Tag Archives: Senate Majority Leader Mitch McConnell

One Week Remaining

By Jim Ellis

Sept. 19, 2017 — Now that we’ve entered the last full week of campaigning in the Alabama special Senate Republican run-off election, several items of interest occurred in the past few days that are likely putting both candidates on edge.

As one might guess after so many polls found former state Supreme Court Chief Justice Roy Moore leading appointed Sen. Luther Strange by double-digits, the Strange campaign would find a way to counter the preponderance of data.

Late last week, the Voter Surveys and Consulting firm released a new poll for the Senate Leadership Fund (Sept. 9-10; 604 previous Alabama Republican primary voters) that finds the interim incumbent trailing Judge Moore by just one percentage point, 40-41 percent, vastly different from the spreads in most of the previously released surveys.

Often we have pointed to a potential flaw in the pro-Moore polling illustrating that the evangelical percentage represents too great a proportion of the respondent universe (between 68-81 percent in the previously published data) as compared to the statewide data as a whole. Since Judge Moore brandishes overwhelming strength within this group, it is reasonable to conclude that most of the pro-Moore polling results may be at least slightly skewed.

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McConnell Group Counters

By Jim Ellis

Aug. 29, 2017 — Racked by two recent polls that gave former state Supreme Court Chief Justice Roy Moore leads of 18 points or better over appointed Sen. Luther Strange in the Sept. 26 special Republican run-off election, the Senate Leadership Fund, strong supporters of the interim incumbent and closely associated with Majority Leader Mitch McConnell (R-KY), just released their own competing data.

The Voter Surveys & Consulting polling firm (for the Senate Leadership Fund; Aug. 21-23; 601 likely Alabama Republican run-off voters selected randomly from a list of previous GOP primary voters) finds a much closer contest. According to this new data, Judge Moore’s lead is a much tighter 45-41 percent, very different from the 51-32 and 50-32 percent margins that JMC Analytics & Polling and Opinion Savvy, respectively, published during the previous seven days.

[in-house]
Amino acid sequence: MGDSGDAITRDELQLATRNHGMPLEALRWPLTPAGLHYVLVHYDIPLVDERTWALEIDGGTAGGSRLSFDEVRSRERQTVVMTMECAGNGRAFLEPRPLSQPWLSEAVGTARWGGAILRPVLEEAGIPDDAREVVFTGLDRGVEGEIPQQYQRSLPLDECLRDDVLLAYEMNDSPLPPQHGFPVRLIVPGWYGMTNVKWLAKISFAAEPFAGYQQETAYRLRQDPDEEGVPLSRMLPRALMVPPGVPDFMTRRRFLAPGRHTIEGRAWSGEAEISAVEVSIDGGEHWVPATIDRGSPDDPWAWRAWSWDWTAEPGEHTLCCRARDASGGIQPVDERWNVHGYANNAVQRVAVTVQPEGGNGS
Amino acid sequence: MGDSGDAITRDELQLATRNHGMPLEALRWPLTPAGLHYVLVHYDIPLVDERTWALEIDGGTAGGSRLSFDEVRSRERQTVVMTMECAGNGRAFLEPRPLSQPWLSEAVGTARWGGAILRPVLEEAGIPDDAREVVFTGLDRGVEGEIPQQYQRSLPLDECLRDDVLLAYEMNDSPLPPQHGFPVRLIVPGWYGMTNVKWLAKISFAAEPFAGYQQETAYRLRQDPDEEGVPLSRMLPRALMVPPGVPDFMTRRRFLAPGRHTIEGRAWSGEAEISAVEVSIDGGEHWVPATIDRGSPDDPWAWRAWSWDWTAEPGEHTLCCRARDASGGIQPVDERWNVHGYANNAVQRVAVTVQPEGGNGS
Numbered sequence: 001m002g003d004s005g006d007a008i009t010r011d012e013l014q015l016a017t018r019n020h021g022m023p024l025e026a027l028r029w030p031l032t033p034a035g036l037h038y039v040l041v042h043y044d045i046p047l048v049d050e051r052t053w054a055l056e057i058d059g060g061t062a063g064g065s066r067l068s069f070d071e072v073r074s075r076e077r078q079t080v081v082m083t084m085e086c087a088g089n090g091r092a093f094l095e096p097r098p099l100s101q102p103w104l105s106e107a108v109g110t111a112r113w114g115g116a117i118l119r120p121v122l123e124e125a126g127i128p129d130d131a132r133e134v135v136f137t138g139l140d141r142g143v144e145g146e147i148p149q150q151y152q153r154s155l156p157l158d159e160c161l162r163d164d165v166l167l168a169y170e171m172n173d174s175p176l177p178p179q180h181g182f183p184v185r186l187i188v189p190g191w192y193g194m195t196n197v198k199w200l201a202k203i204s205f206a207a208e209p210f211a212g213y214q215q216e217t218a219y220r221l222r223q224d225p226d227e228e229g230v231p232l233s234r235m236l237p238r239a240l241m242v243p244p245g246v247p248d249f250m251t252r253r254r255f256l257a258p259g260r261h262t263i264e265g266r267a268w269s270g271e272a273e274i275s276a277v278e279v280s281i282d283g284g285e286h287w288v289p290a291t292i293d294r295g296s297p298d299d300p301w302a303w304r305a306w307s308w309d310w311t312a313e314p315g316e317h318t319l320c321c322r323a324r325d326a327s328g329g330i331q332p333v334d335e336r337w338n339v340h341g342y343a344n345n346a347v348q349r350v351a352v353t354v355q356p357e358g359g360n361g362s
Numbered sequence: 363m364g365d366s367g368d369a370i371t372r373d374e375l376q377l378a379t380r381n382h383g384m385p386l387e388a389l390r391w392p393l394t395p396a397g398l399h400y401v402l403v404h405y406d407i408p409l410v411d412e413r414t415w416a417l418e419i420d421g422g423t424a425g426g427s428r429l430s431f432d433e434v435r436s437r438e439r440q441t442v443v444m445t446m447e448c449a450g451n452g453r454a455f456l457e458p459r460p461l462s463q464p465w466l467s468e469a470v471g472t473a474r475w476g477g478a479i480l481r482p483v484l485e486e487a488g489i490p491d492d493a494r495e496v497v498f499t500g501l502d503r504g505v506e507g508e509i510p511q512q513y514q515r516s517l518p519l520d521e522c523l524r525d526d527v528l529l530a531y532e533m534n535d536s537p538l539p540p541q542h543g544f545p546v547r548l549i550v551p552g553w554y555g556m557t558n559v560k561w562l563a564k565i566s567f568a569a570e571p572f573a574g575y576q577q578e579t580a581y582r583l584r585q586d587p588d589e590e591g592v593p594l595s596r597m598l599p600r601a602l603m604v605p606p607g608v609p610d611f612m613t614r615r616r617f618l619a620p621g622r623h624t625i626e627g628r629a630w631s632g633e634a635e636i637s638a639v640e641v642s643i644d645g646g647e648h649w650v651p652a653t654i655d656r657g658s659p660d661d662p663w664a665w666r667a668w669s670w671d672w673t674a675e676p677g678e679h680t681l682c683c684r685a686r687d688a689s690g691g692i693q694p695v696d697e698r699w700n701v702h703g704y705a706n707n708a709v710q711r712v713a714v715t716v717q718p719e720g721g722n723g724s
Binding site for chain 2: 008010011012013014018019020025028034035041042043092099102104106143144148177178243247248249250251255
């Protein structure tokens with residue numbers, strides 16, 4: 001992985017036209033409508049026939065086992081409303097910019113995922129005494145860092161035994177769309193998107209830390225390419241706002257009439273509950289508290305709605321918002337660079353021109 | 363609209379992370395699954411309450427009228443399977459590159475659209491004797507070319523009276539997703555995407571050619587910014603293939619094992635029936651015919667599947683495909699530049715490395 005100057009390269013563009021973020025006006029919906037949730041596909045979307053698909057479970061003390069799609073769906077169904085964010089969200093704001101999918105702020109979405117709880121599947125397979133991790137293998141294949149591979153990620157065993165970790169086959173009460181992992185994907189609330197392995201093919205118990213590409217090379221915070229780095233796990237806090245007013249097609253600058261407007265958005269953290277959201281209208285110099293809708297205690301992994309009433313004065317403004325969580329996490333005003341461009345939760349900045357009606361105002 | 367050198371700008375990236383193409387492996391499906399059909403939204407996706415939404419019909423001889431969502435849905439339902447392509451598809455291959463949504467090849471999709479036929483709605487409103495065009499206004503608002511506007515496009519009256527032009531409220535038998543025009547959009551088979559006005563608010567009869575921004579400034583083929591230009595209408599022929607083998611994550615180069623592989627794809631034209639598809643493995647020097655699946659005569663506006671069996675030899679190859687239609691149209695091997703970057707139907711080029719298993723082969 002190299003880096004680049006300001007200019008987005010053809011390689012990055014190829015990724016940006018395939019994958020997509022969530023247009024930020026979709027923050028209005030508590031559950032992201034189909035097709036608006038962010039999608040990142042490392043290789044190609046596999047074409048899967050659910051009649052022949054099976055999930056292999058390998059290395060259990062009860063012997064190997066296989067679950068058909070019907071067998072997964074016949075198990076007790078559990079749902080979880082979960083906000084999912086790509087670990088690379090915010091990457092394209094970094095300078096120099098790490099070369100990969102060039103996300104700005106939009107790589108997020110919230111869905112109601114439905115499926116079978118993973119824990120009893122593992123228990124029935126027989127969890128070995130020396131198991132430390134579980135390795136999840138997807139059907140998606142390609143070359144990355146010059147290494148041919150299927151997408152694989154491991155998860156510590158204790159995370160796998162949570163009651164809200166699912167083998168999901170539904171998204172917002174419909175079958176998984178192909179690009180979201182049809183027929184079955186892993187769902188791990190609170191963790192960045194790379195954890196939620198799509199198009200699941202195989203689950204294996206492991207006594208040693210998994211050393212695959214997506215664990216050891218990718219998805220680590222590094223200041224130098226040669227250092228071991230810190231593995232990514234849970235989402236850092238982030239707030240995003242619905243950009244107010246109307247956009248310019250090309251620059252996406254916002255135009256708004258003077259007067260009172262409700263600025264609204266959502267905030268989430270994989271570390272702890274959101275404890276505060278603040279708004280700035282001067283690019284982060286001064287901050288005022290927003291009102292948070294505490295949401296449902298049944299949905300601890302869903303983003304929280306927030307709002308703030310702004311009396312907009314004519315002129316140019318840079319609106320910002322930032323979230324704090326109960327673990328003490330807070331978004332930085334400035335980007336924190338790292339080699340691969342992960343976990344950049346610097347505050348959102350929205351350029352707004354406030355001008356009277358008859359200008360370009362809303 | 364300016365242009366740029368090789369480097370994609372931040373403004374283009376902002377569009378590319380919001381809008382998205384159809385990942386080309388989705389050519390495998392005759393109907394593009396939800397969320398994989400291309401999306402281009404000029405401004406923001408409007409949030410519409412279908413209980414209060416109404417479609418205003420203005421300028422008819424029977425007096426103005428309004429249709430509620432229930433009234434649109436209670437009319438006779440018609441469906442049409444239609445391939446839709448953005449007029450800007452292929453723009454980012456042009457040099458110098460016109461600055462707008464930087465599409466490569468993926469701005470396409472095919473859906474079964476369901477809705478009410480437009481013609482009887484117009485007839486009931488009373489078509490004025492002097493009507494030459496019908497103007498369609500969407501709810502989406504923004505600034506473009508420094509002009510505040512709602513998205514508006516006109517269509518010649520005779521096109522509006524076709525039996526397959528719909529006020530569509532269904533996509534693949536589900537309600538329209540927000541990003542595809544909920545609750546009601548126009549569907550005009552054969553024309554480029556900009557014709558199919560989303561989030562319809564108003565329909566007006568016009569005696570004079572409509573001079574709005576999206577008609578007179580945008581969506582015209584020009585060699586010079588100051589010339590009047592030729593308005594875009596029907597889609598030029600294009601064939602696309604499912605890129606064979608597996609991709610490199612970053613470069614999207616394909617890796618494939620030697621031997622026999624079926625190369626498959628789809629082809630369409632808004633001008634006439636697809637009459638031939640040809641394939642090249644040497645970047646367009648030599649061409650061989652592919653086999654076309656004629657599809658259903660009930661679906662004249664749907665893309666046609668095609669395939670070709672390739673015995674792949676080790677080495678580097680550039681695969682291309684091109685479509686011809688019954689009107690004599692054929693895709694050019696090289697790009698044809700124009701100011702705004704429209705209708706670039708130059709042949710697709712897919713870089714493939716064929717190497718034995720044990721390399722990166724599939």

Voter Surveys’ conclusion is a net 15 percentage points different than the other post-primary pollsters while surveying virtually the same universe. Dr. Jan Van Lohuizen, a 40-year polling and research industry veteran, conducted the Voter Surveys poll. Despite its wide variance from the previous pair, this latest study may have the most credibility.

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A Newer Alabama Poll

By Jim Ellis

Aug. 25, 2017 — We have a new Alabama US Senate Republican run-off poll that was released into the public domain late yesterday afternoon.

Earlier in the week we reported upon a JMC Analytics and Polling survey that projected Alabama former state Supreme Court Chief Justice Roy Moore leading appointed Sen. Luther Strange, 51-32 percent, in their run-off campaign scheduled for Sept. 26.

Late yesterday, the Opinion Savvy research company released their poll results (Aug. 22; 494 GOP likely run-off voters through landline and mobile phone live interviews) taken three days after the JMC survey was completed and found virtually the same results.

According to the OS poll, Judge Moore’s lead is an almost identical 50-32 percent over Sen. Strange. Even more disconcerting from the Strange camp’s perspective, the critical Huntsville area swings in virtually the same ratio that the JMC poll found, meaning 54-29 percent in Judge Moore’s favor.

Huntsville is the population anchor area of Rep. Mo Brooks’ 5th Congressional District. Brooks placed third in the Senate special GOP primary with 20 percent of the vote, but carried his 5th CD with 41 percent and secured majority support in Madison County (Huntsville). Therefore, both Moore and Strange want to court the Brooks voters since converting them could well be the difference between winning and losing for both men.